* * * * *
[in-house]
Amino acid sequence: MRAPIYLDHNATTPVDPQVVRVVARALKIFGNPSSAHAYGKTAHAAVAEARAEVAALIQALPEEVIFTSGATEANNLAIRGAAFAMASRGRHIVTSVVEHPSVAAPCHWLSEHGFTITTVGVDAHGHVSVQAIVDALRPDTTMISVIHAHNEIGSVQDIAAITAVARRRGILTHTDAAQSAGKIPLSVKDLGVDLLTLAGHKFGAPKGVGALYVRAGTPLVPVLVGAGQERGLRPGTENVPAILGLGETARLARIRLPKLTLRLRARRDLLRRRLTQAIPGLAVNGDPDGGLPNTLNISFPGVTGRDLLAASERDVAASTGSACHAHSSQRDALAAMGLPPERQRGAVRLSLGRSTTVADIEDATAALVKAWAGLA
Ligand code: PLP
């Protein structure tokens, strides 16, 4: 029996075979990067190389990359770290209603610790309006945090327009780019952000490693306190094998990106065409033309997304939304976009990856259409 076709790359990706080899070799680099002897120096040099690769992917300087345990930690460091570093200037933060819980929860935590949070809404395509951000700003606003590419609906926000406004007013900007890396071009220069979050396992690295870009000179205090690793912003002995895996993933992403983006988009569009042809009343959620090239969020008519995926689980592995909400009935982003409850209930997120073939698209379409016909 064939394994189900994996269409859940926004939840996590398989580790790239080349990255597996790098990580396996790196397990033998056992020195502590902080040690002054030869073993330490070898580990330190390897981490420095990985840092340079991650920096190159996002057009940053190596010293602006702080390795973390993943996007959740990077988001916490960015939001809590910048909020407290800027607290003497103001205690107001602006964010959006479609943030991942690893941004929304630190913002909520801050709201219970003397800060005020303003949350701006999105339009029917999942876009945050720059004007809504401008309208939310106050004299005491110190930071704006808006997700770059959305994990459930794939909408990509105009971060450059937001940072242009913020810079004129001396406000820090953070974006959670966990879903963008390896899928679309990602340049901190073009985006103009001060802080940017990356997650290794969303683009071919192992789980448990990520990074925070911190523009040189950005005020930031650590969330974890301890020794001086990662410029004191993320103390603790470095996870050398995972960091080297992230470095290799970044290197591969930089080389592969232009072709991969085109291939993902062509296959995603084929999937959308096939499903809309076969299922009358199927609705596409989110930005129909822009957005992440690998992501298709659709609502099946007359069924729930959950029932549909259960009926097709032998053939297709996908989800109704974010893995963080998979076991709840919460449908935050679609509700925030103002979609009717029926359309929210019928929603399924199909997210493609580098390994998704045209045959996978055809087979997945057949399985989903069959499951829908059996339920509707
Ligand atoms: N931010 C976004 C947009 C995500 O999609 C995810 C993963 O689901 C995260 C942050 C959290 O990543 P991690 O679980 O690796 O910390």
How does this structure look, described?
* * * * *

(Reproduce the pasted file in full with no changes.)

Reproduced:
[in-house]
Amino acid sequence: MRAPIYLDHNATTPVDPQVVRVVARALKIFGNPSSAHAYGKTAHAAVAEARAEVAALIQALPEEVIFTSGATEANNLAIRGAAFAMASRGRHIVTSVVEHPSVAAPCHWLSEHGFTITTVGVDAHGHVSVQAIVDALRPDTTMISVIHAHNEIGSVQDIAAITAVARRRGILTHTDAAQSAGKIPLSVKDLGVDLLTLAGHKFGAPKGVGALYVRAGTPLVPVLVGAGQERGLRPGTENVPAILGLGETARLARIRLPKLTLRLRARRDLLRRRLTQAIPGLAVNGDPDGGLPNTLNISFPGVTGRDLLAASERDVAASTGSACHAHSSQRDALAAMGLPPERQRGAVRLSLGRSTTVADIEDATAALVKAWAGLA
Ligand code: PLP
């Protein structure tokens, strides 16, 4: 029996075979990067190389990359770290209603610790309006945090327009780019952000490693306190094998990106065409033309997304939304976009990856259409 076709790359990706080899070799680099002897120096040099690769992917300087345990930690460091570093200037933060819980929860935590949070809404395509951000700003606003590419609906926000406004007013900007890396071009220069979050396992690295870009000179205090690793912003002995895996993933992403983006988009569009042809009343959620090239969020008519995926689980592995909400009935982003409850209930997120073939698209379409016909 064939394994189900994996269409859940926004939840996590398989580790790239080349990255597996790098990580396996790196397990033998056992020195502590902080040690002054030869073993330490070898580990330190390897981490420095990985840092340079991650920096190159996002057009940053190596010293602006702080390795973390993943996007959740990077988001916490960015939001809590910048909020407290800027607290003497103001205690107001602006964010959006479609943030991942690893941004929304630190913002909520801050709201219970003397800060005020303003949350701006999105339009029917999942876009945050720059004007809504401008309208939310106050004299005491110190930071704006808006997700770059959305994990459930794939909408990509105009971060450059937001940072242009913020810079004129001396406000820090953070974006959670966990879903963008390896899928679309990602340049901190073009985006103009001060802080940017990356997650290794969303683009071919192992789980448990990520990074925070911190523009040189950005005020930031650590969330974890301890020794001086990662410029004191993320103390603790470095996870050398995972960091080297992230470095290799970044290197591969930089080389592969232009072709991969085109291939993902062509296959995603084929999937959308096939499903809309076969299922009358199927609705596409989110930005129909822009957005992440690998992501298709659709609502099946007359069924729930959950029932549909259960009926097709032998053939297709996908989800109704974010893995963080998979076991709840919460449908935050679609509700925030103002979609009717029926359309929210019928929603399924199909997210493609580098390994998704045209045959996978055809087979997945057949399985989903069959499951829908059996339920509707
Ligand atoms: N931010 C976004 C947009 C995500 O999609 C995810 C993963 O689901 C995260 C942050 C959290 O990543 P991690 O679980 O690796 O910390």
How does this structure look, described?